Hanover is an area of northern Germany. It was ruled over by the Dukes of Hanover who lived in the grand palace shown in this picture. When Duke George became king of Great Britain at the age of 54, he had to move to London. He never learned to speak English very well which did not help his popularity.
Herrenhausen palace and gardens, print by Nathanial Parr,
George I ruled Great Britain fairly and sensibly. The monarchy was much stronger when he died. However, he was unpopular throughout his reign. Partly this was because he was German, but also because he divorced his wife and imprisoned her in a castle. This also lead to arguments with his son George, the next king.
Print of King George I, his son George II and his daughter-in-law Queen Caroline, by John Simon, AD 1720-30.
George II was the last British monarch to lead an army into battle when he took part in a war in Germany. He is shown here on his horse with soldiers fighting behind him. George liked to spend time back in Hanover, especially in summer. His eldest son died suddenly in 1757, so his new heir was his grandson George.
George II on horseback, by Johann Christoph Haffner,
George III was the first Hanoverian monarch to speak English as his first language. He also never visited Hanover. George and Queen Charlotte had 15 children. He ruled for the longest period of any king before him, from AD 1760-1820. Towards the end of his life George became mentally ill and is known as ‘the mad king’.
King George III, Queen Charlotte and their children (the future William IV is seated far left, and next left is the future George IV).
King George III and Queen Charlotte bought Buckingham House in London as a family home. It was renamed ’The Queen’s House'. When their grand-daughter Victoria became queen she moved in and the house became Buckingham Palace. Victoria added the East Front with its famous balcony, where the royal family stand and wave on special occasions.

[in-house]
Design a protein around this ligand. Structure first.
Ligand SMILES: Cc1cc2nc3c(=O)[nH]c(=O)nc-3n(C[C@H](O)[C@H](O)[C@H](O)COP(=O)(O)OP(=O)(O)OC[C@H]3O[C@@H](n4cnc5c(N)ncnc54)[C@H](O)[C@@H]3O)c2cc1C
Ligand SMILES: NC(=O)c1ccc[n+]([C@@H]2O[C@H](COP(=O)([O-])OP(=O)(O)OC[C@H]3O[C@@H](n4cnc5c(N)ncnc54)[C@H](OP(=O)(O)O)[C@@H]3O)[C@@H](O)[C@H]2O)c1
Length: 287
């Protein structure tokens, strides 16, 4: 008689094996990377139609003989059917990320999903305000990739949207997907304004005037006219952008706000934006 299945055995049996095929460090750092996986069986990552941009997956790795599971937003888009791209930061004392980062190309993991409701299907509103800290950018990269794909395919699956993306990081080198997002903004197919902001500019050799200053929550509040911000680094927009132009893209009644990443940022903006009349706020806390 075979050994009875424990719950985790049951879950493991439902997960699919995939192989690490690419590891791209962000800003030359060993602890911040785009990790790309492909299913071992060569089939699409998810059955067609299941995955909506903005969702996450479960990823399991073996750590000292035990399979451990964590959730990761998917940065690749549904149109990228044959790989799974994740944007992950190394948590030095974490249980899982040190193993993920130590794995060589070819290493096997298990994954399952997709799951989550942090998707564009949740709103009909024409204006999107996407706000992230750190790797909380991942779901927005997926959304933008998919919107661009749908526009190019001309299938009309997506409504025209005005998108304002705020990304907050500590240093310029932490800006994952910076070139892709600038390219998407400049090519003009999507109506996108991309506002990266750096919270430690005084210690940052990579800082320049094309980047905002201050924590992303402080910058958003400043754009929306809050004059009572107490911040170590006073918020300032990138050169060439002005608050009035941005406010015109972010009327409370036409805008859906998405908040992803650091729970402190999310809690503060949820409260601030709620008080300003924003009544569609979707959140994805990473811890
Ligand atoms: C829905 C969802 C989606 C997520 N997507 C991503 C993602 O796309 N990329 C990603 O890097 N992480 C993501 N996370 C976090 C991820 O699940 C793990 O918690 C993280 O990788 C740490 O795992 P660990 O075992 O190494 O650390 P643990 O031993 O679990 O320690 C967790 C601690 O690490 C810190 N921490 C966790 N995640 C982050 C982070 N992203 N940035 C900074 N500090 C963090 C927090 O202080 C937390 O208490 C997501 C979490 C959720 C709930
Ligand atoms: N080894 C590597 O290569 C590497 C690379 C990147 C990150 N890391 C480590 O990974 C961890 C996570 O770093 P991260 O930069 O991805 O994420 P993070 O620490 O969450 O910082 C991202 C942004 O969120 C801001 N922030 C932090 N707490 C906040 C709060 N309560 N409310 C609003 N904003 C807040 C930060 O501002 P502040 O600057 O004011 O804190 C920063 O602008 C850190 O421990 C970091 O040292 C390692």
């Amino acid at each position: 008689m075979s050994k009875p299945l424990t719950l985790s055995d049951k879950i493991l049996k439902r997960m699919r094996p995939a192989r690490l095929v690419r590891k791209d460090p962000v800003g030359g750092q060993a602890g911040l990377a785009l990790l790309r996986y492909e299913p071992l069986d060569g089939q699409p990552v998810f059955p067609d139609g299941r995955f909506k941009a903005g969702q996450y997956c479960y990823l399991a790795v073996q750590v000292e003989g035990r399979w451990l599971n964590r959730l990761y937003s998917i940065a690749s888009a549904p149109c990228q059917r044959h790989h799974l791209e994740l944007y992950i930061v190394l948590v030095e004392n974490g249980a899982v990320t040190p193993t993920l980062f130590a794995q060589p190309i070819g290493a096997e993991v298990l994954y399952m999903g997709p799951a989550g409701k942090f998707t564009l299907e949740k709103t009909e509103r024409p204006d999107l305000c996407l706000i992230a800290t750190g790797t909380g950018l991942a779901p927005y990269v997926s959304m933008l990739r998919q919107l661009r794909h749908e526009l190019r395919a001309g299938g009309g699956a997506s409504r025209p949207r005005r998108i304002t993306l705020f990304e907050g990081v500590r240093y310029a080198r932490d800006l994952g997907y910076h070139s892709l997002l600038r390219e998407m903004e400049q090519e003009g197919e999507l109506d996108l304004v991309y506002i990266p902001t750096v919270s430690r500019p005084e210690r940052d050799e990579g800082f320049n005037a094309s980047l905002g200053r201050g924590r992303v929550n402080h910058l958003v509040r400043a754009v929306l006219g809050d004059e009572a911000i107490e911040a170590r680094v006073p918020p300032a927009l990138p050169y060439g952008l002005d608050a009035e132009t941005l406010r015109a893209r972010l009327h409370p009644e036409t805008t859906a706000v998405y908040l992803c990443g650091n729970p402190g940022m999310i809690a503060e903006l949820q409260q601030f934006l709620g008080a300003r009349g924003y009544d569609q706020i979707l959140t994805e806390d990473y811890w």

The Queen's Palace, colour print by Thomas Hall, AD 1803.
During his father’s final illness his eldest son George, Prince of Wales, ruled for him as Prince Regent. The prince spent lots of money on parties, art and architecture at a time when many were desperately poor and Britain was involved in a costly war with Napoleon of France.
The banqueting room at Brighton Pavilion, built by the Prince Regent, colour print by John Agar, AD 1821-5.
The Prince Regent became King George IV in 1820 and ruled for ten years. He tried to divorce his wife, Caroline of Brunswick, and would not let her come to his coronation. The couple had one daughter called Charlotte who died in childbirth aged 21. Charlotte was very popular and the whole country mourned. One of George’s brothers, William, became the next king.
King George IV, after a drawing by Edmund Scott, AD 1810-23.
William IV did not expect to be king as he was the third son of George III. Instead he joined the navy when he was just 13 years old and only became king when he was 64. Before he got married he had 10 children with his girlfriend Dorothea Bland. William and his wife Adelaide’s two daughters died when they were still children, so his niece Victoria inherited the throne.
Finger-ring showing King William IV, by Henry Bone, AD 1817-30
Queen Victoria is currently the longest reigning British monarch. She became queen in 1837 when she was 18 years old. She and her husband, Prince Albert, had 9 children. Victoria tried to control every aspect of their lives. She often argued with her eldest son Bertie who wanted to be more involved in helping to rule Britain. He finally became king in 1901 and ruled as King Edward VII.
Queen Victoria aged 18, print by Charles Robert Leslie, AD 1897.